Over the centuries, weapons and missiles have contributed many expressions to the civilian vocabulary. A relatively recent example is weapons-grade, an adjective coined by the Atomic Energy Commission in 1952 for quality plutonium, pure enough for use in nuclear weapons. The military expanded the term to apply to biological agents as well, and not long after that civilians picked it up.
Our lexicographer looks at words derived from weapons
In 2001, the American Dialect Society nominated the term as one of the “most useful” of the year. Weapons-grade has been applied to just about anything or anybody. Weapons-grade chili peppers are extremely spicy, referring to an automobile’s acceleration as weapons-grade pickup means it zooms off the line, while Placido Domingo’s weapons-grade voice is outstandingly good.
Of much older origin but with a similar meaning is the term high-caliber, which since the 16th century has described the diameter of a gun’s bore. Actually, gun barrels are described in terms of large or small. Ballistically, the term is meaningless. Nevertheless, at about the same time the phrase became common with guns, it began to apply to high social standing, as well as to ability or merit or worth, as in “She invited only high-caliber executives to the wedding.” This usage remains current, although it is heard less often.
A friend with numerous health concerns frequently consults a medical specialist. She always describes that doctor as a hotshot in the field. The best shot for rifles was made from molten lead. Dropped from a tall tower into a vat of water, the lead droplets would form into perfect spheres in the air, and then solidify in the cooling water. Ammunition has been heated as early as the siege of Cherbourg in 1418, to set afire combustible targets such as ships or wooden forts. In the military, the term was applied to a hot-tempered troublemaker as early as 1600. Three centuries later, it came to mean a flashy or cocky person, and somewhat later a person with superior skill. It is also used adjectivally, as in a 1995 morning news program describing “A hotshot rookie turning heads on and off the tennis court.”
A hotshot tennis pro may well bombard students with balls or fire a volley of instructions. The verb “to bombard” originally referred to discharging bombards, the earliest type of cannon, originally for hurling stones. The word became a verb by about 1600, meaning to batter with shot to destroy or disable the enemy. The Duke of Wellington so used it in an 1813 letter, saying, “If the town is to be bombarded, it may as well be done from the sand hills.” Today the expression is used in much the same way, but its meaning is also extended. For example, “During the election campaign, we were bombarded by ads for each candidate.”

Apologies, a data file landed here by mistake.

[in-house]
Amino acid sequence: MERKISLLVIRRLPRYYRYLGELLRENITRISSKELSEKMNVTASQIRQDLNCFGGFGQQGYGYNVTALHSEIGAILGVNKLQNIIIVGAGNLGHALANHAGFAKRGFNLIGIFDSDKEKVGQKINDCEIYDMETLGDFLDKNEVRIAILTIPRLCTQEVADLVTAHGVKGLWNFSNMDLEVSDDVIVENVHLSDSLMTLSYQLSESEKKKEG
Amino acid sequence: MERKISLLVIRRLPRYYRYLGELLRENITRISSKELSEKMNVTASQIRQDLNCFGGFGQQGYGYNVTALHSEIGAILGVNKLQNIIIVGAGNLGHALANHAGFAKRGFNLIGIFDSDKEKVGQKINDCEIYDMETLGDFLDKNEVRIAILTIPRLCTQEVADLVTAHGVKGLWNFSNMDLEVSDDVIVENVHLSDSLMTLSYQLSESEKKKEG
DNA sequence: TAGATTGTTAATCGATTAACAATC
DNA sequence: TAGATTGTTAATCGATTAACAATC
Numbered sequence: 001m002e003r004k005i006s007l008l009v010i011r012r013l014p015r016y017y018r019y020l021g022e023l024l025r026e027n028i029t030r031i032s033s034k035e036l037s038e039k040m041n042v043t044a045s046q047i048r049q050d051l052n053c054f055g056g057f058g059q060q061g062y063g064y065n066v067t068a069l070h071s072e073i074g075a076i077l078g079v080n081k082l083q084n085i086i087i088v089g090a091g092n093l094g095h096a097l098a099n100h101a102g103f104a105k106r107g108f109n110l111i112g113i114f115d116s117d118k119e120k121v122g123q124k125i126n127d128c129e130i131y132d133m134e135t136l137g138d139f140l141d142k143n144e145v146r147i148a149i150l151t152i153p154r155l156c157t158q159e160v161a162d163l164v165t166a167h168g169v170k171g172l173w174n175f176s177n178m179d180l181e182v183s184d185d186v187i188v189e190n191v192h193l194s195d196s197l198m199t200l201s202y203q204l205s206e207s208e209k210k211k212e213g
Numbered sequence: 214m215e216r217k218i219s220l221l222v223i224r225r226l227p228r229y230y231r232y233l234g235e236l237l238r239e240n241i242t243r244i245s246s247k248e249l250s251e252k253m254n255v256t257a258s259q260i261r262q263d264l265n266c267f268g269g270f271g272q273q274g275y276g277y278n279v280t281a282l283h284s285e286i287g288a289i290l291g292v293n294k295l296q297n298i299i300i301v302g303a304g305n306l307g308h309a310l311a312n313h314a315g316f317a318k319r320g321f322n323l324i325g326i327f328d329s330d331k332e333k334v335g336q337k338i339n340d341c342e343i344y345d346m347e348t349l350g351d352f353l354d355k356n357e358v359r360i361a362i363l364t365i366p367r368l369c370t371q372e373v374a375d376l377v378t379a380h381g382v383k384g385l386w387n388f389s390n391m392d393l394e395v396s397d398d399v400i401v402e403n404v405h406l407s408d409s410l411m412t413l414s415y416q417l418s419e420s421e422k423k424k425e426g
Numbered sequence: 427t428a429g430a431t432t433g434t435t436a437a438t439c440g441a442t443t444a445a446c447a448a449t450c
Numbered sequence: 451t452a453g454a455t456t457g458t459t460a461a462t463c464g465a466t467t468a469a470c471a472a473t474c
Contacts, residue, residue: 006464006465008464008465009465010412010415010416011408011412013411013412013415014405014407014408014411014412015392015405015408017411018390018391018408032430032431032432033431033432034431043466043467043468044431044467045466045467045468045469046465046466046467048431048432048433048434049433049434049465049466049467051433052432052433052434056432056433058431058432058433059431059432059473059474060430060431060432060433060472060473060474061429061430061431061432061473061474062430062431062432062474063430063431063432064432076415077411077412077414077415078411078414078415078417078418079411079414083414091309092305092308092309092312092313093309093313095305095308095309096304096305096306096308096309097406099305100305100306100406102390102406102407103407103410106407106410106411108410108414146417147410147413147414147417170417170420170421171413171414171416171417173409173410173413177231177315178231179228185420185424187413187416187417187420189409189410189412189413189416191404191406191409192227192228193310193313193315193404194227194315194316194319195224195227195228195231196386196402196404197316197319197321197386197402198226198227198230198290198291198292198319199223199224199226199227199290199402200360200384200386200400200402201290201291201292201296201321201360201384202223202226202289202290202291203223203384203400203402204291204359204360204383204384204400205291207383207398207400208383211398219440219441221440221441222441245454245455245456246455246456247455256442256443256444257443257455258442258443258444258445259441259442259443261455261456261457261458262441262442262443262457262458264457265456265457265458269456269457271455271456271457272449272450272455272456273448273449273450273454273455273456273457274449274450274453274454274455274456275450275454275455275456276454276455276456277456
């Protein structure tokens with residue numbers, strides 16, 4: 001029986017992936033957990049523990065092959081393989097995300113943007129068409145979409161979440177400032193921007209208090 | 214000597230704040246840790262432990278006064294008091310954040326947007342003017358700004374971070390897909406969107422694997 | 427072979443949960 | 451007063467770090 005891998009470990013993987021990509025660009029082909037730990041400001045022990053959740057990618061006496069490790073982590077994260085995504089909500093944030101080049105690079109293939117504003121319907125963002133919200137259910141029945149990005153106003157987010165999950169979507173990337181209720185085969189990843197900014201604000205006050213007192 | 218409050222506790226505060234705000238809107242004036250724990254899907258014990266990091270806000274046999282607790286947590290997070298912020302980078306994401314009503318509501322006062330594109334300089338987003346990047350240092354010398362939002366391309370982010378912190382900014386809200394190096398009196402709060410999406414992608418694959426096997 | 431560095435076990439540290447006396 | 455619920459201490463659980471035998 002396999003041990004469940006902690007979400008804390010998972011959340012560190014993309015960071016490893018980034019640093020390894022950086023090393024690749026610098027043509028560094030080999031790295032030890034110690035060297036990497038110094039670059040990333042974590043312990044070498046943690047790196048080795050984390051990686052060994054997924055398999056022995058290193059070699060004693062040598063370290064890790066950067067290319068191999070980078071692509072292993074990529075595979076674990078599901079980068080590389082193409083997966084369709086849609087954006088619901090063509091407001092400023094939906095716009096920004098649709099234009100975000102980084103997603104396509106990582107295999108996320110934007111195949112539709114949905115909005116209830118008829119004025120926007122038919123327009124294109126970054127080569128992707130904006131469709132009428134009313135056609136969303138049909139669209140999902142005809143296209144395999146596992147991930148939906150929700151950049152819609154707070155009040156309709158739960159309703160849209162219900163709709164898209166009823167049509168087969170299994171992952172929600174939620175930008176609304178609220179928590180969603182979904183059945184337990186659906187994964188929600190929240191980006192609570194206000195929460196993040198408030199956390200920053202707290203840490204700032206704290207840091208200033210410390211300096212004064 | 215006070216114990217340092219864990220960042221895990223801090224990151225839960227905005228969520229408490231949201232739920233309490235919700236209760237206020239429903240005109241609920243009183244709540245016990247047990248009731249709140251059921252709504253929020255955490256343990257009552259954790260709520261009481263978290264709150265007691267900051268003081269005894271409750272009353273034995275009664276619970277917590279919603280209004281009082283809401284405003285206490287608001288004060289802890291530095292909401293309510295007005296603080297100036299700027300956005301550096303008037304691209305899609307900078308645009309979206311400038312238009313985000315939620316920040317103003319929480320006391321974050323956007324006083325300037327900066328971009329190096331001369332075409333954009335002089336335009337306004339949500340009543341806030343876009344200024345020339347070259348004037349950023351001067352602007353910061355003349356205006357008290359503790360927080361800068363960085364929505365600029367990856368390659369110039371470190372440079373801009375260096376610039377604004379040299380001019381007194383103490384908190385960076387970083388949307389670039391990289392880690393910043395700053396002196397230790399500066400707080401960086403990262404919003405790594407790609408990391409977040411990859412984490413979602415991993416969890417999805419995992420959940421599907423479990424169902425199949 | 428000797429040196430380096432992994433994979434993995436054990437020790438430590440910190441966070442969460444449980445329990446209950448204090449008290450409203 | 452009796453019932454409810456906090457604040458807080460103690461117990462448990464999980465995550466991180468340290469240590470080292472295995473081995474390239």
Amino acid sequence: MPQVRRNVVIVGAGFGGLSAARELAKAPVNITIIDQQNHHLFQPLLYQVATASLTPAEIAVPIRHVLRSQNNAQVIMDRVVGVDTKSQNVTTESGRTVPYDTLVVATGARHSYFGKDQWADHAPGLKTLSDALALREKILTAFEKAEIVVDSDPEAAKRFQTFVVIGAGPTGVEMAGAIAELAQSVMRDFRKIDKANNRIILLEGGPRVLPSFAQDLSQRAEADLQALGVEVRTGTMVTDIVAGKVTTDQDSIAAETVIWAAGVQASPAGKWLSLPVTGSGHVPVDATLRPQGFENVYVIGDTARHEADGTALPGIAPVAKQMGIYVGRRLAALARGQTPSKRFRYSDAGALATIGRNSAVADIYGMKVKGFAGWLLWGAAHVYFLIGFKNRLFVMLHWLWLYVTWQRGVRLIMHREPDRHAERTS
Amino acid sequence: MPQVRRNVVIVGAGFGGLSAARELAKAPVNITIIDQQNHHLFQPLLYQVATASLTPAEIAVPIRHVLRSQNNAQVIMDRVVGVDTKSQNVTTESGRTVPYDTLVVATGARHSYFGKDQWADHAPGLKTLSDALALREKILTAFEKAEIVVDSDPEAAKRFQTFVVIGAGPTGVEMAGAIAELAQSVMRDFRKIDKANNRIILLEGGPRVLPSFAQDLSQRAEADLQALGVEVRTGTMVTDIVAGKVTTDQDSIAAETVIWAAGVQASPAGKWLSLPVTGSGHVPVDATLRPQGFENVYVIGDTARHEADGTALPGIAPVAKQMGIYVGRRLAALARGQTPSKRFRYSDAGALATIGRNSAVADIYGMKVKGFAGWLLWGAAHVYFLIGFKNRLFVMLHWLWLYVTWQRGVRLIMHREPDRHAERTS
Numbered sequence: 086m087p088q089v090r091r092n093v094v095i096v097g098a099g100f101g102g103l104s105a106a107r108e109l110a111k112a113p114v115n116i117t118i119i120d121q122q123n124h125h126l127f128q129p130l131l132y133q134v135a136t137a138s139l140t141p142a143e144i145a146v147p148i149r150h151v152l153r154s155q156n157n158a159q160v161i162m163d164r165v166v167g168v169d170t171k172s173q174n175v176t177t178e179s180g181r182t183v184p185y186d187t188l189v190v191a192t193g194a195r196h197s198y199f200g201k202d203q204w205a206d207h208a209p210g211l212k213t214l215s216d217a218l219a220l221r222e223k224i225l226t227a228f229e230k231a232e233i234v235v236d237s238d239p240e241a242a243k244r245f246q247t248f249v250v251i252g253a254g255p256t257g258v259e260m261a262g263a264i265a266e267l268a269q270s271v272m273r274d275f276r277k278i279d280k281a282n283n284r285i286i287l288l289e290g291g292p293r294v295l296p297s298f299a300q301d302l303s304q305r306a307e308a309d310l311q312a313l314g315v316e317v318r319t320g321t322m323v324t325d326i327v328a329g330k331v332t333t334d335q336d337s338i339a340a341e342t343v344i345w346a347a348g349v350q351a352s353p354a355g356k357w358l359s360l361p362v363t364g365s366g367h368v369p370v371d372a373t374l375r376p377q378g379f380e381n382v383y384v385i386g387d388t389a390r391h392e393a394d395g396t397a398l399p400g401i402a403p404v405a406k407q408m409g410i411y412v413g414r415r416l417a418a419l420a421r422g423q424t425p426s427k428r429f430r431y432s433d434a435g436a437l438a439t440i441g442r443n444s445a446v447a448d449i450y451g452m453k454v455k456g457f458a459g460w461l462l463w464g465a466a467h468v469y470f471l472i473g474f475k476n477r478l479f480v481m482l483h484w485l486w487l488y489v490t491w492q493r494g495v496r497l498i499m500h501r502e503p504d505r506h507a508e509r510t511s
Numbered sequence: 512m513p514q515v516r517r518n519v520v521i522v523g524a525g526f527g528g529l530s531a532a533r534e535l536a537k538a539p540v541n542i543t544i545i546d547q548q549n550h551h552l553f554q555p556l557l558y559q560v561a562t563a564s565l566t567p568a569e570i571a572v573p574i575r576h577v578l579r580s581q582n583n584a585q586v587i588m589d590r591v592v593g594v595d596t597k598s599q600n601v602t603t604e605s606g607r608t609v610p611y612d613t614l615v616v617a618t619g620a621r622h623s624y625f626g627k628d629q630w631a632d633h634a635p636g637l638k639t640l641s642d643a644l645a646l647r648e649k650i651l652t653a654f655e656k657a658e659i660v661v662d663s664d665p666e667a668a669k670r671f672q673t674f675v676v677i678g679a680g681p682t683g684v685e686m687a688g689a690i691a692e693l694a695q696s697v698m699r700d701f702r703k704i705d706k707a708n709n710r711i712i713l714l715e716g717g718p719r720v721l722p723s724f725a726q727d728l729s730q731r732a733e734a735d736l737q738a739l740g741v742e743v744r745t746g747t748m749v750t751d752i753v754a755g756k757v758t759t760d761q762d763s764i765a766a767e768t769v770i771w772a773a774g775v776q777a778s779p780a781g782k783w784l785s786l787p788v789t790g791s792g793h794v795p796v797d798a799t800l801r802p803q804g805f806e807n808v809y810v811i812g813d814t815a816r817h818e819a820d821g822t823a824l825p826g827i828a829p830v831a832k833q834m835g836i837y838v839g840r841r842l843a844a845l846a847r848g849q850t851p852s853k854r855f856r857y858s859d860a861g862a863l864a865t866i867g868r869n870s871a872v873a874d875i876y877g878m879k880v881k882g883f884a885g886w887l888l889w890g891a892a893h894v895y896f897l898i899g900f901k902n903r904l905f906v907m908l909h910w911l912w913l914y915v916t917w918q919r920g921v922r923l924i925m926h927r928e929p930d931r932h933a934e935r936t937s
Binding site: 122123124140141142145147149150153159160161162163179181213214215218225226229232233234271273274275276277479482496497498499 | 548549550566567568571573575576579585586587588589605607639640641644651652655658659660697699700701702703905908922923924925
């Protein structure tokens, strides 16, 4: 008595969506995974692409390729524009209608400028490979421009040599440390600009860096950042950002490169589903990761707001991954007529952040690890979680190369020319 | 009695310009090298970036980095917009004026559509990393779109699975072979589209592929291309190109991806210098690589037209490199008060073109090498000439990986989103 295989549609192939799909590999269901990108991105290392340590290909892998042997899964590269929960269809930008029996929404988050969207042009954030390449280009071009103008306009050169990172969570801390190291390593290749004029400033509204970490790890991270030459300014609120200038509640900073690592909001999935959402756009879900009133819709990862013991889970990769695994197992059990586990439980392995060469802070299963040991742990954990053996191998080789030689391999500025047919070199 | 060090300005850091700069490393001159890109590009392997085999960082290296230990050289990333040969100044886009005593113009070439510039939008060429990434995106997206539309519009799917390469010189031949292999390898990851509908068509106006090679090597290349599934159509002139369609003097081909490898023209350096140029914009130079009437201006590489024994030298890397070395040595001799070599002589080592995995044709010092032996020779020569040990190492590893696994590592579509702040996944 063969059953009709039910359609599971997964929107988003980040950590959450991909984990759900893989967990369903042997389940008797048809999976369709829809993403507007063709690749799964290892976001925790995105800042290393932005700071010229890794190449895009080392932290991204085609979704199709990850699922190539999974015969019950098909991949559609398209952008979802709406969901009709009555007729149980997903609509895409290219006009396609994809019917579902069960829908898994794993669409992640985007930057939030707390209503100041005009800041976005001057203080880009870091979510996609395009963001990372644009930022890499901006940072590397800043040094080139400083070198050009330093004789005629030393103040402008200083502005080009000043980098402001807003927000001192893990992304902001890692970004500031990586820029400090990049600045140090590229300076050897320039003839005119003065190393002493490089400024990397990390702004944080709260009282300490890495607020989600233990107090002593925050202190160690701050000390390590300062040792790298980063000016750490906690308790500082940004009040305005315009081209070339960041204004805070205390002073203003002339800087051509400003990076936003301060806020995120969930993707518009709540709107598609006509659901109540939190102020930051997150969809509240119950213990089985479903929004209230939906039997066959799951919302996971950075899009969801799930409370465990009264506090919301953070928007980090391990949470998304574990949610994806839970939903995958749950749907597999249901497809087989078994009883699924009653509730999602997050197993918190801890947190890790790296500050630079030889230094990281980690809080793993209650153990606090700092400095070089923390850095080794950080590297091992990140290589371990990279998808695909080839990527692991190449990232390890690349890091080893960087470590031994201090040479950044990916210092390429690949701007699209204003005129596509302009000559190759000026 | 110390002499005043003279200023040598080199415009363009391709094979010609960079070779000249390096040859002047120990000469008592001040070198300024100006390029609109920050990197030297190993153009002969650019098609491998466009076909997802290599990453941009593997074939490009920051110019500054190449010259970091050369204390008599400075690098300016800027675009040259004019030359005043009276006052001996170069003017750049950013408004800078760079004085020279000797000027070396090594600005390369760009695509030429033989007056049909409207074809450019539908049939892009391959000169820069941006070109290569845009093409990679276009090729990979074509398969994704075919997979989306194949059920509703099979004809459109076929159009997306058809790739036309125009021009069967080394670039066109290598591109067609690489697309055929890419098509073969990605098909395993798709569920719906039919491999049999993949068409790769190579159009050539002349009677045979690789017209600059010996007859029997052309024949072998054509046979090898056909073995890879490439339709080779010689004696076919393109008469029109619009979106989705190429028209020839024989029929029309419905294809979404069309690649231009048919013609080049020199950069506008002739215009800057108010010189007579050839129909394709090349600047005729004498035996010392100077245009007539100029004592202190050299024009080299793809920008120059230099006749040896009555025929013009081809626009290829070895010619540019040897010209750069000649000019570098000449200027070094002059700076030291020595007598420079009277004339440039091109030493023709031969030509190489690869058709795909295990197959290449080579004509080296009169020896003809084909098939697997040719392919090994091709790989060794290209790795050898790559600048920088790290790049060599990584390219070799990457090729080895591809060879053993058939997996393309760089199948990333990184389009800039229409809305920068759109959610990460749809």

From the late 1500s, firing a volley meant to simultaneously discharge a number of weapons. About the same time, the verb phrase “to volley” meant to utter a rapid succession of words, a usage no longer very common. In tennis, however, a volley is a ball hit back to the opponent before it bounces. A bombardment is sometimes described as a barrage, that is, continuous artillery fire concentrated in a given area, so intense as to prevent the enemy from advancing, retreating, or responding in any way. This expression dates from World War I, as does its figurative use. For example, “Popular with the students, the coach was greeted with a barrage of cheers as she mounted the podium.”
The bigger the gun, the more powerful is its impact. The expression big guns began to be applied to persons of importance or great eminence in the 19th century. Charles Dickens so used it in an 1867 letter: “The college mustered in full force, from the biggest guns to the smallest.” It may also be put as bringing out the big guns, as in “When they come to discuss a merger with our company, let’s bring out the big guns, from the CEO on down.”
The news of an impending merger may come as a bombshell to some employees. Using the phrase “to drop a bombshell” for suddenly delivering unexpected news dates from shortly after World War I and referred to the physical devastation falling bombs could cause. A couple of decades later, “bombshell” was applied to a very attractive woman, and in 1940 came blonde bombshell, used to describe an attractive, sexy woman with blonde hair such as the movie actress Jean Harlow, left, who starred in the 1933 movie Bombshell.
Christine Ammer is the author of several dozen wordbooks, including The American Heritage Dictionary of Idioms (2001).